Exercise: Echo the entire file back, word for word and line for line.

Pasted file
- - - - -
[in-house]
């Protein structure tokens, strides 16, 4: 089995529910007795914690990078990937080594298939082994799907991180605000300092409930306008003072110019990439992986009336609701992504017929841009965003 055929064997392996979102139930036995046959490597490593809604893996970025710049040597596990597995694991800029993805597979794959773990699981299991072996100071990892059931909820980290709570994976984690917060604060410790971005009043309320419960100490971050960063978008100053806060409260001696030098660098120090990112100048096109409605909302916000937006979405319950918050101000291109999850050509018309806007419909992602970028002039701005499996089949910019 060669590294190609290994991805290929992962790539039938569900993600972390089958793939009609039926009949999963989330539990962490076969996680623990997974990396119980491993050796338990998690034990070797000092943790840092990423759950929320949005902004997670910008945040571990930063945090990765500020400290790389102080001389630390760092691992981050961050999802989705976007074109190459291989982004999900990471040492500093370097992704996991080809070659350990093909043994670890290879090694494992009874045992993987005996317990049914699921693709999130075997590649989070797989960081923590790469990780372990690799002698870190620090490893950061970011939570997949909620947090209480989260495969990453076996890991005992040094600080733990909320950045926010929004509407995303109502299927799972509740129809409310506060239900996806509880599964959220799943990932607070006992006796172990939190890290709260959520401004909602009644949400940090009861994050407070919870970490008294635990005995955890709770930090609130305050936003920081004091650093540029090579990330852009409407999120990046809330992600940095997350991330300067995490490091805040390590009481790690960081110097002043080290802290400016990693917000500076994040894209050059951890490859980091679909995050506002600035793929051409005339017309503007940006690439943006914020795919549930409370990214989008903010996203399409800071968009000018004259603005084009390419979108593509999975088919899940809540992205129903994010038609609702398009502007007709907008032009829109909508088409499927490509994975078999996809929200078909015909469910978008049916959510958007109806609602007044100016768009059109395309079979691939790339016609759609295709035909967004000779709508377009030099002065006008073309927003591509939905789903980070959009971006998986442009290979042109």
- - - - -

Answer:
[in-house]
């Protein structure tokens, strides 16, 4: 089995529910007795914690990078990937080594298939082994799907991180605000300092409930306008003072110019990439992986009336609701992504017929841009965003 055929064997392996979102139930036995046959490597490593809604893996970025710049040597596990597995694991800029993805597979794959773990699981299991072996100071990892059931909820980290709570994976984690917060604060410790971005009043309320419960100490971050960063978008100053806060409260001696030098660098120090990112100048096109409605909302916000937006979405319950918050101000291109999850050509018309806007419909992602970028002039701005499996089949910019 060669590294190609290994991805290929992962790539039938569900993600972390089958793939009609039926009949999963989330539990962490076969996680623990997974990396119980491993050796338990998690034990070797000092943790840092990423759950929320949005902004997670910008945040571990930063945090990765500020400290790389102080001389630390760092691992981050961050999802989705976007074109190459291989982004999900990471040492500093370097992704996991080809070659350990093909043994670890290879090694494992009874045992993987005996317990049914699921693709999130075997590649989070797989960081923590790469990780372990690799002698870190620090490893950061970011939570997949909620947090209480989260495969990453076996890991005992040094600080733990909320950045926010929004509407995303109502299927799972509740129809409310506060239900996806509880599964959220799943990932607070006992006796172990939190890290709260959520401004909602009644949400940090009861994050407070919870970490008294635990005995955890709770930090609130305050936003920081004091650093540029090579990330852009409407999120990046809330992600940095997350991330300067995490490091805040390590009481790690960081110097002043080290802290400016990693917000500076994040894209050059951890490859980091679909995050506002600035793929051409005339017309503007940006690439943006914020795919549930409370990214989008903010996203399409800071968009000018004259603005084009390419979108593509999975088919899940809540992205129903994010038609609702398009502007007709907008032009829109909508088409499927490509994975078999996809929200078909015909469910978008049916959510958007109806609602007044100016768009059109395309079979691939790339016609759609295709035909967004000779709508377009030099002065006008073309927003591509939905789903980070959009971006998986442009290979042109």